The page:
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British oil giant to invest $1.5bn in Egyptian resource projects

Egypt has been getting a windfall of investments in recent weeks as the debt-ridden nation seeks means to get its head above water.

BP, one of the world’s oil and gas supermajors, is considering developing gas projects and drilling in Egypt over the next three to four years at a cost of $1.5 billion, Bloomberg reported on 28 February.

This announcement comes after BP said earlier this month that it will be forming a joint venture in Egypt with the UAE Abu Dhabi National Oil Co. (ADNOC) that will initially focus on natural gas. 

The announced joint venture is expected to be formed in the latter half of this year and will be 51 percent owned by BP, with the remaining 49 percent owned by ADNOC. BP will still hold about 70 percent of its interests in Egypt outside of the pact with ADNOC.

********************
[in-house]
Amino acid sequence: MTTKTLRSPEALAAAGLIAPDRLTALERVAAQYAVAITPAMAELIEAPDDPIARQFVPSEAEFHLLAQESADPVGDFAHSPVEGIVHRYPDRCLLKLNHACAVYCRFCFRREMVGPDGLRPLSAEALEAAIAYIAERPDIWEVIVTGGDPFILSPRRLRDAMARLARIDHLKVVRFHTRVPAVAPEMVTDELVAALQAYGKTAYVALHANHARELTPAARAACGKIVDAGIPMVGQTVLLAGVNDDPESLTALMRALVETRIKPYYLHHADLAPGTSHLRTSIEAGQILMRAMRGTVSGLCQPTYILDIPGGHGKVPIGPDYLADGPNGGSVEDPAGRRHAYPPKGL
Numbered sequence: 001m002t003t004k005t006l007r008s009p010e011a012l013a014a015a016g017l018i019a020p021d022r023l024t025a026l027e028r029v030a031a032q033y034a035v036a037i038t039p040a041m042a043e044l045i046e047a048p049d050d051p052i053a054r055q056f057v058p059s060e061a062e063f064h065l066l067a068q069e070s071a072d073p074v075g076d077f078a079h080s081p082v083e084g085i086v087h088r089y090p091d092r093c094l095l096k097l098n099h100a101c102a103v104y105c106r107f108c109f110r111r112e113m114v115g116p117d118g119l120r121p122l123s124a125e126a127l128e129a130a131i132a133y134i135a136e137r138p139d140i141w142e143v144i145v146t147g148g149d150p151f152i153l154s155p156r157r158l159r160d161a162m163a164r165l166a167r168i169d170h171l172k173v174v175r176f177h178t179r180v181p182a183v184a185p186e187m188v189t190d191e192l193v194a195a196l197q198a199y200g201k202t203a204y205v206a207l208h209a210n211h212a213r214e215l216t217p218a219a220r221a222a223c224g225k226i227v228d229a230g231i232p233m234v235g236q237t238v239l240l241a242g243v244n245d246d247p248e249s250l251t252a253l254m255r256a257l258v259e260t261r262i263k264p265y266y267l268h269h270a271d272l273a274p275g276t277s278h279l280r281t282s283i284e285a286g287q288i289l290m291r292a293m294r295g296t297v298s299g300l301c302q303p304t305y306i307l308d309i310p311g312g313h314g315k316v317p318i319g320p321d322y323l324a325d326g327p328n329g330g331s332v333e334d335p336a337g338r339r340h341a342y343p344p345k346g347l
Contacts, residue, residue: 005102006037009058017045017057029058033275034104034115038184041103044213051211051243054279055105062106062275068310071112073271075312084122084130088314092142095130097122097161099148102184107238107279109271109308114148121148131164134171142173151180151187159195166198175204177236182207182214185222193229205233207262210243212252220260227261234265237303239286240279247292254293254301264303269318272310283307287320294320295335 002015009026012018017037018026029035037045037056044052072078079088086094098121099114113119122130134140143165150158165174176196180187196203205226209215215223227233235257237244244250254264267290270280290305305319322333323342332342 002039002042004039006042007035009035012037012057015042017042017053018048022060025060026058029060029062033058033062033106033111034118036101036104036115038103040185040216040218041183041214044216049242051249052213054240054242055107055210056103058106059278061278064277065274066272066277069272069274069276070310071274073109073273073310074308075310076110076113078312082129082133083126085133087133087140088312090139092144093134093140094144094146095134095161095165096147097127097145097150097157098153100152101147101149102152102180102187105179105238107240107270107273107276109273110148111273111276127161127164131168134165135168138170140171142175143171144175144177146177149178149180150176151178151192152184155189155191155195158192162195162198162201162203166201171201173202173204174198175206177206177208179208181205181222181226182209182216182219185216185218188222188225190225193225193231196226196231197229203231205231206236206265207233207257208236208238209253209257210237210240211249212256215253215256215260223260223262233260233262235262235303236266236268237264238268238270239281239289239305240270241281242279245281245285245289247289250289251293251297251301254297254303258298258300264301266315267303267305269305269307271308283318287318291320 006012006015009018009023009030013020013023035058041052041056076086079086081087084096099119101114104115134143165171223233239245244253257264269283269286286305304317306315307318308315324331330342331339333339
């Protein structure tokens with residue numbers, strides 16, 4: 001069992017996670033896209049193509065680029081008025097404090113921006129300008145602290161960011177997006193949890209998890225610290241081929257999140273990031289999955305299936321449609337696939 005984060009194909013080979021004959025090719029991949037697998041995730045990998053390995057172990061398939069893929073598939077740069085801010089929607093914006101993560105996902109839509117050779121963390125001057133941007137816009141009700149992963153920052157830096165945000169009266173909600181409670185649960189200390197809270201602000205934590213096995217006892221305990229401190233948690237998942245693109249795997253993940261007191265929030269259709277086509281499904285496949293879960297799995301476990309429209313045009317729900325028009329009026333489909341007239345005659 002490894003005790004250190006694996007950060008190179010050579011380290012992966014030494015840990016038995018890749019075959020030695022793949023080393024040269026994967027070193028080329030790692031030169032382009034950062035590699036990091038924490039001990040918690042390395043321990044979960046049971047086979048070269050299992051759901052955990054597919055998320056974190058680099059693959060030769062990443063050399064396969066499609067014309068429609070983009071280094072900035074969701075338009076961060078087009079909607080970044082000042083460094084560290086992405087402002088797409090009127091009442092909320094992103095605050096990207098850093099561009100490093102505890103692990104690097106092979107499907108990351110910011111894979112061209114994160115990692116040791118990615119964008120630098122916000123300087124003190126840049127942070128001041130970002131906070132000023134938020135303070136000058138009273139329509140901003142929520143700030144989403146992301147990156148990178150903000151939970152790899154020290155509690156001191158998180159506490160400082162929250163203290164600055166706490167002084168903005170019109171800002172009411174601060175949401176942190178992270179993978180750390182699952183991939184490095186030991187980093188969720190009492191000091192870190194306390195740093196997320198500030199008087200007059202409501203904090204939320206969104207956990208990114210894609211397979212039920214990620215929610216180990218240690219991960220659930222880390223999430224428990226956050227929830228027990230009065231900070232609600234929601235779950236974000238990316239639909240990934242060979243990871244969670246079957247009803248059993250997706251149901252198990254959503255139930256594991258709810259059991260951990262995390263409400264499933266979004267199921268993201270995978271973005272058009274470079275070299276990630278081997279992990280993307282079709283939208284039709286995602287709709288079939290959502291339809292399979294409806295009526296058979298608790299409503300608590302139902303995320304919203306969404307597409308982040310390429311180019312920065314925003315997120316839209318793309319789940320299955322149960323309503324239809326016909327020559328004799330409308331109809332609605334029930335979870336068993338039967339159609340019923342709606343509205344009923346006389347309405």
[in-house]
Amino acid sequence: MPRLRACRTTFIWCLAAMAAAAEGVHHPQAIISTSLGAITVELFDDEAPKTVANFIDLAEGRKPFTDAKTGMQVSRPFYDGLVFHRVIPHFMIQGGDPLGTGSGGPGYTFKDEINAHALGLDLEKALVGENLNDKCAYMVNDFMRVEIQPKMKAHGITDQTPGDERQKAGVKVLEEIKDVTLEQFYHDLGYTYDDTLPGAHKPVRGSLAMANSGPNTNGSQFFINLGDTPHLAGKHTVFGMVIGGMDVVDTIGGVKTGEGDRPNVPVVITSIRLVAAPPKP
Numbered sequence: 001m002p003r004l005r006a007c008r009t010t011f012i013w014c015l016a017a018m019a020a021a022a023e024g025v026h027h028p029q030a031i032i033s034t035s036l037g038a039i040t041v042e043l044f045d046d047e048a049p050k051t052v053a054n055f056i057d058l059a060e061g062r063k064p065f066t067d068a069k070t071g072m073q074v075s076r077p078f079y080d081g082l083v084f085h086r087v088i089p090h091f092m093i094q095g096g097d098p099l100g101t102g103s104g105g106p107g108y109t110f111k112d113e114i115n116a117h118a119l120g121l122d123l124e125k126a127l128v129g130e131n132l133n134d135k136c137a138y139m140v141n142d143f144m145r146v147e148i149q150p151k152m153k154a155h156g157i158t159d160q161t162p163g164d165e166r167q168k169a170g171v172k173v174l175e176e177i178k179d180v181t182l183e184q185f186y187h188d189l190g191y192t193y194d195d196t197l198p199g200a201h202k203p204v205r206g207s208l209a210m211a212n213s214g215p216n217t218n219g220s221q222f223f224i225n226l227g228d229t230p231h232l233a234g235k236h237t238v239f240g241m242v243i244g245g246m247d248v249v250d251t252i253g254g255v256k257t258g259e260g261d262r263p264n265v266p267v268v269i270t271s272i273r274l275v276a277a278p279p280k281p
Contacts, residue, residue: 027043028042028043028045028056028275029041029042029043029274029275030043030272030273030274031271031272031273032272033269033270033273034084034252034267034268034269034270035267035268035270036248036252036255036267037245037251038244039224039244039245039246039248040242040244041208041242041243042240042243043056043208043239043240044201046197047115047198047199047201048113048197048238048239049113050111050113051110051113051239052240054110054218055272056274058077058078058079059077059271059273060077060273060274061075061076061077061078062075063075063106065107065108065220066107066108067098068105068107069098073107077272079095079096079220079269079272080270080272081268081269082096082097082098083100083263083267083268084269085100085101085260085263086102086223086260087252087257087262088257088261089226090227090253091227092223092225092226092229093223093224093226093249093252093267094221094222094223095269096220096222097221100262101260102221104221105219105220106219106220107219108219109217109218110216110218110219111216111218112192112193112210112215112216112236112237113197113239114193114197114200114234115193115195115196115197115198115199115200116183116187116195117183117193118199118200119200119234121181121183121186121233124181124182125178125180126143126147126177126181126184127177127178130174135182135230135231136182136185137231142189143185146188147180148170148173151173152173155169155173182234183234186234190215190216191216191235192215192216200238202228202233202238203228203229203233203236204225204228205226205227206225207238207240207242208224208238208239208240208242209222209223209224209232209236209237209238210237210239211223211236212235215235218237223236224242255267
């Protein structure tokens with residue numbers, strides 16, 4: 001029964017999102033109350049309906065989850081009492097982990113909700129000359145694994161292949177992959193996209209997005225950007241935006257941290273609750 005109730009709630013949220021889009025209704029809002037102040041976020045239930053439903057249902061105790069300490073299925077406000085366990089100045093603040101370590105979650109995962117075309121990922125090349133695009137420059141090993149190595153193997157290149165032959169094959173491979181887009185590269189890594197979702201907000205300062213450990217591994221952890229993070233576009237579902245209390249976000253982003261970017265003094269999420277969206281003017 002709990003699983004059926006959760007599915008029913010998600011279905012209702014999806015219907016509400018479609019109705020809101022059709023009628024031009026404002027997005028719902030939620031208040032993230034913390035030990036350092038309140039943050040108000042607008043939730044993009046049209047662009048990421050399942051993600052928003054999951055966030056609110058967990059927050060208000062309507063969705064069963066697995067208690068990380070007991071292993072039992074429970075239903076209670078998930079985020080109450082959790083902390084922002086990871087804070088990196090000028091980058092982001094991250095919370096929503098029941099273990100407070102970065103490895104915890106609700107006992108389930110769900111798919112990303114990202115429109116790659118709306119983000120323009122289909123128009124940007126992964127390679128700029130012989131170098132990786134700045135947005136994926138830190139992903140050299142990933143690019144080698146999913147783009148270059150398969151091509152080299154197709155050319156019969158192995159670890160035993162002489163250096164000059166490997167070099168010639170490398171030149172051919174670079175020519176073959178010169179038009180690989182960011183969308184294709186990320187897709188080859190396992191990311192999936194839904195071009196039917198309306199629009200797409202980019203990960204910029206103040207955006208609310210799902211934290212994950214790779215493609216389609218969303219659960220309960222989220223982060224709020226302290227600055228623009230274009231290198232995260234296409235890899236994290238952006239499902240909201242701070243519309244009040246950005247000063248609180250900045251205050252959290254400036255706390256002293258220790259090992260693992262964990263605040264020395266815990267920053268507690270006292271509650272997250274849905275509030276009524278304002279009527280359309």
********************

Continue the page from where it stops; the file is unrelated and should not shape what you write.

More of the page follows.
BP will contribute interest in three development concessions and exploration agreements, and ADNOC will provide a “proportionate cash contribution” to fund further growth opportunities. 

Egypt has been striking multiple investment deals with regional nations over the past few months; on the one hand, it is a way for Egypt to crawl out of its debt, and on the other, foreign investors are using the nation’s indebted state as leverage for their investments. 

Recently, Egypt offered up Ras al-Gamila, a prime piece of land by the Red Sea in the southern Sinai Peninsula, to Saudi investors with estimates that the price for this nearly 3.5 million square meter plot of land is as much as $15 billion. 

Egypt also announced earlier this month that it had signed a deal with UAE investor group ADQ to develop the Ras El Hekma peninsula; this would bring $35 billion of investments and potentially bring as much as $150 billion in, per Egyptian Prime Minister Mostafa Madbouly. 

In November of last year, Qatar struck a deal to introduce $1.5 billion into the Egyptian industrial sector in 2024, three years following Cairo and Doha’s restoration of ties. 

To deal with its crippling debt, the IMF has vowed to “support” the nation as it could potentially face a refugee crisis as a result of Israel’s planning to ethnically cleanse the Palestinian Gazan population into the Sinai.

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